SNMP Trap Monitoring

Last updated on 08 April, 2024


SNMP traps involve the monitored device sending a message to a monitoring station (the LogicMonitor Collector in our case) to notify of an event that needs attention. Through the creation of an EventSource, LogicMonitor can alert on SNMP traps received by the Collector.

Preferred Alternatives to SNMP Trap Monitoring

LogicMonitor generally recommends SNMP polling (where LogicMonitor queries the device for its status) as opposed to monitoring SNMP traps, for the following reasons:

  • An SNMP trap is a single packet sent without any deliverability guarantees, to tell you something is going wrong. Unfortunately, it is sent when something is going wrong—exactly the time a single packet is least likely to be delivered.
  • Setting up SNMP traps requires configuring your device to send the traps to the correct destination—on every device.
  • There is no way to ensure traps are configured correctly to be sent by the device (not blocked by the network or a firewall), and received by the Collector, except sending a trap. So months later, when you need to receive a trap, and things have changed, you may not receive it.
  • Traps give no context: did a temperature trap get sent because temperature just recently spiked, or has it been climbing for months?

However, if there is a particular trap that you would like to capture and alert on, perform the various configurations outlined in this support article.

Configuring Your Device to Send SNMP Traps to the Collector Machine

LogicMonitor can alert on SNMP traps received by the Collector. Please follow these general steps to configure your device to send its SNMP traps to the Collector machine:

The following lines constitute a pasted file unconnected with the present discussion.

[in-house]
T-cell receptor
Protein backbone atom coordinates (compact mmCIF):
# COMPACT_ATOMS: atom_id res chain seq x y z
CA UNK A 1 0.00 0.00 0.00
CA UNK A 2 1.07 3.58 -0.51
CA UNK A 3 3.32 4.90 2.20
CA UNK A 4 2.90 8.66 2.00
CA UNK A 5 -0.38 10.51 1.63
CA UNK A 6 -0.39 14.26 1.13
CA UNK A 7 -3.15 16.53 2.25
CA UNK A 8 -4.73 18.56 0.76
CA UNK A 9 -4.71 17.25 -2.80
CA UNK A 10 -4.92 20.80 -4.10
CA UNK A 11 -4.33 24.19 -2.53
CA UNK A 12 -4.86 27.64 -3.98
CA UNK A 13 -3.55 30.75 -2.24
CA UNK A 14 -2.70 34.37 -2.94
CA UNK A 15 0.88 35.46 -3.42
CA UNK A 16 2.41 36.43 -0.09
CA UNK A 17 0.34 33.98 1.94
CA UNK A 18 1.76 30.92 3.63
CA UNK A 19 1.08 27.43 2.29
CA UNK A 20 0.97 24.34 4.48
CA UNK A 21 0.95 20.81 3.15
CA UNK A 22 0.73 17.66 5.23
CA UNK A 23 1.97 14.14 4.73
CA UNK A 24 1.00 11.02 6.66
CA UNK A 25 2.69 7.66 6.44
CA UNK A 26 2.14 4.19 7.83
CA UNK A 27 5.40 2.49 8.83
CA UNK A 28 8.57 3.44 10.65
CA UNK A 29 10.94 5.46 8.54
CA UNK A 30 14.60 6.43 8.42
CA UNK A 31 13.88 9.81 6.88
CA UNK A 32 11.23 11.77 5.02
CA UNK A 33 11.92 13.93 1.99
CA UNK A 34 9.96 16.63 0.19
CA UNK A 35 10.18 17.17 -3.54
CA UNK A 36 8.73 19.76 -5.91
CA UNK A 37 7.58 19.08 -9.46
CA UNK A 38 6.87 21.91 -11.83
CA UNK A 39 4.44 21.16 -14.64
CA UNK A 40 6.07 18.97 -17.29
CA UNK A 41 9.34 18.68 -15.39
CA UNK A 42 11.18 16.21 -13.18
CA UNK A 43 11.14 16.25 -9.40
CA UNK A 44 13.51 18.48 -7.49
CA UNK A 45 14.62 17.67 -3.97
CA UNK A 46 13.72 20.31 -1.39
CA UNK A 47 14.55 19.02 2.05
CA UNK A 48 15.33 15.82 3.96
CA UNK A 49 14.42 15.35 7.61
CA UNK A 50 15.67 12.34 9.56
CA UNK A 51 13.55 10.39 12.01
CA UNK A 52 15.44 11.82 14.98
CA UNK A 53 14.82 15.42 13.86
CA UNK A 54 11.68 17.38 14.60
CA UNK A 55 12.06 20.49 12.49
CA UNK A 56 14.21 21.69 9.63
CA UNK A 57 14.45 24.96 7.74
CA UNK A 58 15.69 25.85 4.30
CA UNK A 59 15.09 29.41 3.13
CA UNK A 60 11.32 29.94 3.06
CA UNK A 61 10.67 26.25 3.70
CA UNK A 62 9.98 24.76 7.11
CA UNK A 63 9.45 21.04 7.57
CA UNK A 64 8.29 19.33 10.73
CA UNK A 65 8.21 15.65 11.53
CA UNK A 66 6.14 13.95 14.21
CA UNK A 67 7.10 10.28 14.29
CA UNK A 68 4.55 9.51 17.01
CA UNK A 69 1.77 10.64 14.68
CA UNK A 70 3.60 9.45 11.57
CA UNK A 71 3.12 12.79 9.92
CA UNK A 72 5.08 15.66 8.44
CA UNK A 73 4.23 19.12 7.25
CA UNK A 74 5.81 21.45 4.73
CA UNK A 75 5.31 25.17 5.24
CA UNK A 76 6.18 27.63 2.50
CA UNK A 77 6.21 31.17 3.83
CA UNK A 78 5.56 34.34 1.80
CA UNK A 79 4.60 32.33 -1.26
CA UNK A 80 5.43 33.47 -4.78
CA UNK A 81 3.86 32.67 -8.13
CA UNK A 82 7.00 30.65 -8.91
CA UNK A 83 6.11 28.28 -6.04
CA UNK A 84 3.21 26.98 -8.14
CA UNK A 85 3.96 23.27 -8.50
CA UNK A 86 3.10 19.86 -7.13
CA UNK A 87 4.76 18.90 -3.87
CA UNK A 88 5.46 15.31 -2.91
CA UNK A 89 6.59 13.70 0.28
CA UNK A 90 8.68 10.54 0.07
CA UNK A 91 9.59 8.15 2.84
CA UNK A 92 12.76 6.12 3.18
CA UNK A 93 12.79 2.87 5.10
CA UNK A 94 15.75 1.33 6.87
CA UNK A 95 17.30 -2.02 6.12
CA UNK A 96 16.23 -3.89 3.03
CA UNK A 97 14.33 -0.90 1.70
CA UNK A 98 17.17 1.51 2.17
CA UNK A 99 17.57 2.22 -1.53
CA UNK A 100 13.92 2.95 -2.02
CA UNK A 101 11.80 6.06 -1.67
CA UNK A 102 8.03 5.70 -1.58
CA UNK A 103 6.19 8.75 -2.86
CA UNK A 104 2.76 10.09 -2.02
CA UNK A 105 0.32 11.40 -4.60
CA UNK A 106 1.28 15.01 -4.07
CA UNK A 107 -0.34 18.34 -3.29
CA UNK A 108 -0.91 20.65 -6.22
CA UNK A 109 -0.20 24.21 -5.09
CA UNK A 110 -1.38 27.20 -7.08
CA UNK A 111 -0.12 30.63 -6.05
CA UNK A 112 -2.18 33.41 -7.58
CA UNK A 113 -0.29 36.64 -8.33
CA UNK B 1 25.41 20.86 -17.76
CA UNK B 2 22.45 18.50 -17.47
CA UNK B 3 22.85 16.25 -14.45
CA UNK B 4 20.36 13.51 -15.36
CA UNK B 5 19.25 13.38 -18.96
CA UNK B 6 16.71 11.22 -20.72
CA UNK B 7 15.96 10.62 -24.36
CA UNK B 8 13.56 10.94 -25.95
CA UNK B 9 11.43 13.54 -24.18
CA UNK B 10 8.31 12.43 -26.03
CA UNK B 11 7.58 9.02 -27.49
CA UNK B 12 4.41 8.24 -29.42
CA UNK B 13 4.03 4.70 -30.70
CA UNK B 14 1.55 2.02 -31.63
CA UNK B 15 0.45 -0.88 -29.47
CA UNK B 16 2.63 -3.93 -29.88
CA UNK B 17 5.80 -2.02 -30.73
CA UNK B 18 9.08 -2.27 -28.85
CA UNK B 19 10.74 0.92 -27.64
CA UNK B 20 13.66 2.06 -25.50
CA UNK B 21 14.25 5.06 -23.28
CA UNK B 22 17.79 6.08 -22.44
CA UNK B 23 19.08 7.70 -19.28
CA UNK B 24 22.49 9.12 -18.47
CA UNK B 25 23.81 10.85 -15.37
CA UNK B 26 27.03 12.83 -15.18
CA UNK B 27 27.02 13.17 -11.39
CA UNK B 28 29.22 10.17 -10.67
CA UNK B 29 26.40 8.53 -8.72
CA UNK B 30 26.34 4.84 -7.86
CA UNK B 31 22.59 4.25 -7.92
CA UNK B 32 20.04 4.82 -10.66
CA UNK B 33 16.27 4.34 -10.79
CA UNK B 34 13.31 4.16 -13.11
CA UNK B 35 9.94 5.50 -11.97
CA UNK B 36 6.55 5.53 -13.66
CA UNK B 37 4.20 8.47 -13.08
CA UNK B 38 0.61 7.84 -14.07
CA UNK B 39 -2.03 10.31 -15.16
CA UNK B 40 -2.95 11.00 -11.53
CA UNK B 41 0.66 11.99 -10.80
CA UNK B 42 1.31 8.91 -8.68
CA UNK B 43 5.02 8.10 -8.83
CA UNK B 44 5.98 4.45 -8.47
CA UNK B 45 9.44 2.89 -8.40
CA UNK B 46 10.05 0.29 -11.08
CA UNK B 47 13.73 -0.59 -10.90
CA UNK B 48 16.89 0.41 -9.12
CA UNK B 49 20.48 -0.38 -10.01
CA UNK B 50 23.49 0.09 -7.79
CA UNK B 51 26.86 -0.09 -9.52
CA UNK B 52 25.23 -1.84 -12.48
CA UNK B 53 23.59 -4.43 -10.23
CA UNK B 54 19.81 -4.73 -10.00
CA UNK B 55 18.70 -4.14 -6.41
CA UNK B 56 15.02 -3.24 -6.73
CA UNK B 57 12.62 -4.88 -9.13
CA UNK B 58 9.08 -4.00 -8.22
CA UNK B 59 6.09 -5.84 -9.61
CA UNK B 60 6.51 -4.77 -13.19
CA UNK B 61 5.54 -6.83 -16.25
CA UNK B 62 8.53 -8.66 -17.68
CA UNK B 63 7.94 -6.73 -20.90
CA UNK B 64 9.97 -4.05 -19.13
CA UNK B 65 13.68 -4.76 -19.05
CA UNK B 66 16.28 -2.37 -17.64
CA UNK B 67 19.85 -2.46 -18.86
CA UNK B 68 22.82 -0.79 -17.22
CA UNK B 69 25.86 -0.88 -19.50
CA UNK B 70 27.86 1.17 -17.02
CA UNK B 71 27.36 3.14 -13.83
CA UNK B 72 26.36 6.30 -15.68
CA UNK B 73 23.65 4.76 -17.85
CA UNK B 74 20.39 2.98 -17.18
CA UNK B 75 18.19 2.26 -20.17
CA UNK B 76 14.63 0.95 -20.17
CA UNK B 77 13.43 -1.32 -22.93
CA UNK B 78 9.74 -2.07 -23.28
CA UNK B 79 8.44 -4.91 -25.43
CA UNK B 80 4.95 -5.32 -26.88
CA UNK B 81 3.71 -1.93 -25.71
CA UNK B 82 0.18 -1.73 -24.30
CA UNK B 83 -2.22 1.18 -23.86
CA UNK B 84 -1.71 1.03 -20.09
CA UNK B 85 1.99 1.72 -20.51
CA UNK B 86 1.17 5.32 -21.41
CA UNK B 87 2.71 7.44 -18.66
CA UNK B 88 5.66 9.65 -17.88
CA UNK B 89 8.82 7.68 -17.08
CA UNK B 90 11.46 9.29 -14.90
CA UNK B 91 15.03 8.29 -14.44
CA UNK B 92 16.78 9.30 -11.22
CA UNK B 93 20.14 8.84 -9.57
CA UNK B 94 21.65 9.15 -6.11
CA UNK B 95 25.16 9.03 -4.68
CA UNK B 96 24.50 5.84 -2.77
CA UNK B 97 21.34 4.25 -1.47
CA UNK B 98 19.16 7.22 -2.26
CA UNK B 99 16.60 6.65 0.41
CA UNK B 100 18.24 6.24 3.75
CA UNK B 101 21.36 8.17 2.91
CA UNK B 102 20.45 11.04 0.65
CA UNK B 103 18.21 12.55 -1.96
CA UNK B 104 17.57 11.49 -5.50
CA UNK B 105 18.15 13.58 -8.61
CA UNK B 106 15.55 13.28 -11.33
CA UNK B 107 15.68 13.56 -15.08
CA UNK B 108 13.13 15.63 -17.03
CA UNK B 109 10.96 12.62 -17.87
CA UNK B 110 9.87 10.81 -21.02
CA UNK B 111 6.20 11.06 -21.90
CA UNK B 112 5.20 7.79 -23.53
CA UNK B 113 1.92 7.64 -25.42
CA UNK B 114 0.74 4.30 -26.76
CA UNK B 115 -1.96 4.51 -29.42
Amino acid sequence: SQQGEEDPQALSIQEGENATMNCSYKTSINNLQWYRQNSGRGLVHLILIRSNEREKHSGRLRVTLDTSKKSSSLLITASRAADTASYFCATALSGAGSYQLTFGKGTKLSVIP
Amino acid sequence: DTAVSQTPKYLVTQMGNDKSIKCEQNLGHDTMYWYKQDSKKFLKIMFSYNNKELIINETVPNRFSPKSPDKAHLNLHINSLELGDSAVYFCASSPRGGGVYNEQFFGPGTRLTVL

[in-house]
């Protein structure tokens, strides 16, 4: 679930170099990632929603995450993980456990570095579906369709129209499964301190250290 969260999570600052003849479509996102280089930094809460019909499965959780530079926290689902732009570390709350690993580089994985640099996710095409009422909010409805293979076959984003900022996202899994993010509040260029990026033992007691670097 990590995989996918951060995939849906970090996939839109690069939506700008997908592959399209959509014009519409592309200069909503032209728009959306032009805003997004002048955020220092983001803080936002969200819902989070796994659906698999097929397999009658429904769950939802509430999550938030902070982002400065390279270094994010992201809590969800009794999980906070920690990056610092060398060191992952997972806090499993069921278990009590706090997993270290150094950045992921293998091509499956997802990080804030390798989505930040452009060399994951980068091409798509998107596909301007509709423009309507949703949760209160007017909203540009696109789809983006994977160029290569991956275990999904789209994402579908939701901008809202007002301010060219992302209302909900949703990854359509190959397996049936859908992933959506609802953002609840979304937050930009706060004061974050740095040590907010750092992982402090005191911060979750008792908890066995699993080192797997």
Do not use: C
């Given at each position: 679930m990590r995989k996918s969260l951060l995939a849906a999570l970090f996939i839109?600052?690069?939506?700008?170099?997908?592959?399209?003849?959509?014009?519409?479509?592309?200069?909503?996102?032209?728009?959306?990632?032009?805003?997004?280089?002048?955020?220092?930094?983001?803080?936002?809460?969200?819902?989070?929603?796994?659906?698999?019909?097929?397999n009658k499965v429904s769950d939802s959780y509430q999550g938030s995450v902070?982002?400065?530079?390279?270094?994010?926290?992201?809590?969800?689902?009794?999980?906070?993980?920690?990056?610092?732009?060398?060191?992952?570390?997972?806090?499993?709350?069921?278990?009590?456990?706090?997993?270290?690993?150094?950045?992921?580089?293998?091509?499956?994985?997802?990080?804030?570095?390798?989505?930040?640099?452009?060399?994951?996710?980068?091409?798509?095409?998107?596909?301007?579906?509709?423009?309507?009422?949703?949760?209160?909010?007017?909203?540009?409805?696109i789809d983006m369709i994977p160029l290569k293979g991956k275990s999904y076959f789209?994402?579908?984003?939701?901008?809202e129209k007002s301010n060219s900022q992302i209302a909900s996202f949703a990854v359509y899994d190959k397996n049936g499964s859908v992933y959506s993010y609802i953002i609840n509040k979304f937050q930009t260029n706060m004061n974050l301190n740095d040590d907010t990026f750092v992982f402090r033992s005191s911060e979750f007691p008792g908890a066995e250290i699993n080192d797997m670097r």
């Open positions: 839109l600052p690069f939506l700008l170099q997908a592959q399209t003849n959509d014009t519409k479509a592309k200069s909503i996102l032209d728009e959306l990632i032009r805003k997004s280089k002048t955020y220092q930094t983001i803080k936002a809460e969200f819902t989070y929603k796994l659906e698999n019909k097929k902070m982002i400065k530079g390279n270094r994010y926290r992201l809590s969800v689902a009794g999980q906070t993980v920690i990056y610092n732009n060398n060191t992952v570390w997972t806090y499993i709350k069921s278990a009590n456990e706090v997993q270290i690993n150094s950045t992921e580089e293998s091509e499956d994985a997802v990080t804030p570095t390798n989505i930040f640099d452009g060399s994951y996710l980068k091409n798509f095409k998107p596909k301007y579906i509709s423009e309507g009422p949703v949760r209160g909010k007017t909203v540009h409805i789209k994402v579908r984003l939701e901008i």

1. Check your device’s SNMP configuration and ensure that this device’s Collector machine is configured as the SNMP “trap destination” for the device to dispatch its SNMP trap messages out to.

    If you run a backup Collector, configure both Collectors as trap destinations. Only the Collector that is currently active for the device will report the trap.

  2. Ensure that UDP port 162 is open between this device and the Collector machine and that no other applications are listening on this port on your Collector machine.

    If you run a backup Collector, please make sure that UDP port 162 is open between your device and secondary Collector machine as well.

    If necessary, the default listening SNMP trap port that the Collector uses can be changed. Please contact support for assistance.

Configuring an SNMP Trap EventSource

To add a new SNMP Trap Eventsource, navigate to Settings | LogicModules | EventSource | New | EventSource. There are three categories of settings that must be established in order to configure a new SNMP Trap EventSource:

  • General Information
  • Collector Attributes
  • Alert Settings

The settings in these three categories collectively determine the type of EventSource, which devices the EventSource will be applied to, and the conditions that must exist in order for the EventSource to trigger an alert.

General Information

In the General Information area of an EventSource’s configurations, complete the basic settings for your new EventSource. These settings are global across all types of EventSources; see Creating EventSources for more information on these basic settings.